And that began back in -- back in 1998, as
           a matter of fact.  It was sort of the watershed
           workshop that cast the structure for this.  The
           framework of ROP was an external meeting where we had
           stakeholders; we had industry; we had the Union of
           Concerned Scientists; we had -- we had everyone that
           would show up involved in helping us develop and get
           alignment on how that process out to be laid out.  And
           that continues today.
                       DR. FORD:  But they're not part of this --
           these results?  They weren't part of the team that
           came up with these results so far? 
                       MR. JOHNSON:  They -- well, we -- how can
           I explain this?  I'm trying to be very brief, and not
           -- and not take a lot of Doug's time.  We have --
           we've had a number -- as we implement the process,
           there are a number of opportunities for external
           stakeholders to remain involved.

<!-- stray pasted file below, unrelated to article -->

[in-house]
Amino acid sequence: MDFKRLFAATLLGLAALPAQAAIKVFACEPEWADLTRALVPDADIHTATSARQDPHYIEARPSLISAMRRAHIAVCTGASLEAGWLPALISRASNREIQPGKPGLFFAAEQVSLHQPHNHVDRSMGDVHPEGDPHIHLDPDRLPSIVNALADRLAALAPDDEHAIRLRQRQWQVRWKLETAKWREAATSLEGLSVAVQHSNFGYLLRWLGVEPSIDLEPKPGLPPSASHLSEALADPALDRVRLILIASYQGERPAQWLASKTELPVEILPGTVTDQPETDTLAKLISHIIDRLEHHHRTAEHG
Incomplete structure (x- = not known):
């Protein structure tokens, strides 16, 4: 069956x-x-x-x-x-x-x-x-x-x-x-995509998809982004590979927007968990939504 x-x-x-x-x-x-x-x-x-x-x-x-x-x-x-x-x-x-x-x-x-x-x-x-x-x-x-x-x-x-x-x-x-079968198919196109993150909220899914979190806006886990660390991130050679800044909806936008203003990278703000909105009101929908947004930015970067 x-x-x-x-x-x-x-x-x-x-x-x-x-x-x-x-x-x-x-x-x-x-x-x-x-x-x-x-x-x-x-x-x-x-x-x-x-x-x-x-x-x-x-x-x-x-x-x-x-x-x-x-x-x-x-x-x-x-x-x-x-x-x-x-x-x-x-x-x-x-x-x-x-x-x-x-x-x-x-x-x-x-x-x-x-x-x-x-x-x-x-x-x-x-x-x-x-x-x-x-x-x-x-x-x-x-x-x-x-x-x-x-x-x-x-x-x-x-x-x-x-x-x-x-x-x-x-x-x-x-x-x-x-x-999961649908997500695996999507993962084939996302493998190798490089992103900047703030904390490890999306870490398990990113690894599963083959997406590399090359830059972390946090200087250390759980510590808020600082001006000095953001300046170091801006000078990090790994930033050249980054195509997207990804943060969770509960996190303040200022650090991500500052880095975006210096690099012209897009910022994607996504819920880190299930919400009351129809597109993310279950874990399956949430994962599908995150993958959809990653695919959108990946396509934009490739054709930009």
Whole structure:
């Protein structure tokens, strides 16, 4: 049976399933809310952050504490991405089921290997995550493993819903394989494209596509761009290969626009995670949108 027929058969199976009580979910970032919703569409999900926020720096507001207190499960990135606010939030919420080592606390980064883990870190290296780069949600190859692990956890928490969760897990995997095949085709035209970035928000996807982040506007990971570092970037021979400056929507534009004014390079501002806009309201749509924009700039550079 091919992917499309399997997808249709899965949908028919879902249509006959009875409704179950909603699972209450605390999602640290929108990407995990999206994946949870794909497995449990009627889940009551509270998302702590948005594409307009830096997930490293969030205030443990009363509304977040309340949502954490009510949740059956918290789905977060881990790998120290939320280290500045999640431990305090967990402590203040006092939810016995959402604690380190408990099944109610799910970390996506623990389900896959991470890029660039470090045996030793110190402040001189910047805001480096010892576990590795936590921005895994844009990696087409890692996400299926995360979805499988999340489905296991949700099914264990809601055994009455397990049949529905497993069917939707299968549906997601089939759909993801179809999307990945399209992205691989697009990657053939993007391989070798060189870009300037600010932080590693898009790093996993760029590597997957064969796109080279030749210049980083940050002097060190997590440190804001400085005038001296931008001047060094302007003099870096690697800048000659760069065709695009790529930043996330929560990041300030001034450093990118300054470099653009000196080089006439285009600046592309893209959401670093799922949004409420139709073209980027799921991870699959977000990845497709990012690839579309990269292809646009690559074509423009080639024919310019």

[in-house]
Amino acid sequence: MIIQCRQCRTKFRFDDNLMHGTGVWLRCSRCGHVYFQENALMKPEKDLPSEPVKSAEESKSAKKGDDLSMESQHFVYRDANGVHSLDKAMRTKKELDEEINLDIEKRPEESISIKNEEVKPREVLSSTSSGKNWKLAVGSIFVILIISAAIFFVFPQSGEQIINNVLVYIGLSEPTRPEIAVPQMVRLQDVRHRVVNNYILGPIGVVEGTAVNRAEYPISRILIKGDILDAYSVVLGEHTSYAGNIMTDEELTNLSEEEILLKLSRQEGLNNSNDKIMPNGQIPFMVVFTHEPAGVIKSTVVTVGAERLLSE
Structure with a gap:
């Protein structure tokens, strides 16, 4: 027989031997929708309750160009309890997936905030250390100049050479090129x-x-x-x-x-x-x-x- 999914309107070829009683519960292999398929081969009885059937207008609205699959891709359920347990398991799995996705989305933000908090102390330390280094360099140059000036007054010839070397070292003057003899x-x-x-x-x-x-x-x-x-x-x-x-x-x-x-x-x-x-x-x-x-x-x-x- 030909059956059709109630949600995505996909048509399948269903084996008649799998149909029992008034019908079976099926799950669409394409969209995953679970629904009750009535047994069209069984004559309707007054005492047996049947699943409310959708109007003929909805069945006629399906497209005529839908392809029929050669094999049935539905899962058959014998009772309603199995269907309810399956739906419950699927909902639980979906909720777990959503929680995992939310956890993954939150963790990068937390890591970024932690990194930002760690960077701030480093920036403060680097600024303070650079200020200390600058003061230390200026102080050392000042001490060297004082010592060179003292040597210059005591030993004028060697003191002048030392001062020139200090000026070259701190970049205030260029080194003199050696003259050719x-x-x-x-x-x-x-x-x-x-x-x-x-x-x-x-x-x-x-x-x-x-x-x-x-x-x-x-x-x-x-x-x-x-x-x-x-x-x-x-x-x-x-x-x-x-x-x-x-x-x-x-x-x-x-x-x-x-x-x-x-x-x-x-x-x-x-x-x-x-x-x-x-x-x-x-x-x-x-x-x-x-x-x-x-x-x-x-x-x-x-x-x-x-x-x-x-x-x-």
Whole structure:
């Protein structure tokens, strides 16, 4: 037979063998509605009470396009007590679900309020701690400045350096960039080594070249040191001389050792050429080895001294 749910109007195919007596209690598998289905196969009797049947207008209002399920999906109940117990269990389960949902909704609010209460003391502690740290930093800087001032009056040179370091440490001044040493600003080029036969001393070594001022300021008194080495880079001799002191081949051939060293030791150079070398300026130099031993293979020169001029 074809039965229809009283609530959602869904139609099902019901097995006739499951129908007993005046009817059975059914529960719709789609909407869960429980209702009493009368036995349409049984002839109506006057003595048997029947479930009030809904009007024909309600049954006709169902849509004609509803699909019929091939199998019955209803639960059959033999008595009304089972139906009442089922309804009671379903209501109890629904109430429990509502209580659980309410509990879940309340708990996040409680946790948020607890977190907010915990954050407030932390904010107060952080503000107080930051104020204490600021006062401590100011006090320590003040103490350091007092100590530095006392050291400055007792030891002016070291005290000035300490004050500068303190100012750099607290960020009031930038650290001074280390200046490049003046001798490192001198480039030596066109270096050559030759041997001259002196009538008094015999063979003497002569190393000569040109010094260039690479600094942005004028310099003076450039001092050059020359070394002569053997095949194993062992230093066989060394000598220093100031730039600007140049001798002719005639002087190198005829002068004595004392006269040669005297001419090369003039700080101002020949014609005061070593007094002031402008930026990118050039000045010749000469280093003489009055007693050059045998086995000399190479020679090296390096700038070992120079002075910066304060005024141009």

For example, when Don Hickman talks about
           performance indicators a little bit later on, we're
           going to talk about, for example, the fact that some
           of the performance indicators caused -- that is a
           reporting criteria that caused licensees to raise
           questions that require some interpretation. 
                       Well, in resolving those questions, those
           scruply-asked questions we call them, we have a
           monthly -- about a monthly meeting with the NRC and
           the industry, attended by NEI.  And it's a public
           meeting where we take on those individual issues and
           work to agreement on the decisions with respect to who
           we should interpret the criteria or whether, in fact,
           we ought to change those reporting criteria to address
           a question.
                       That's an example of sort of the ongoing
           interchange -- exchange that we have with external
           stakeholders in implementing the process.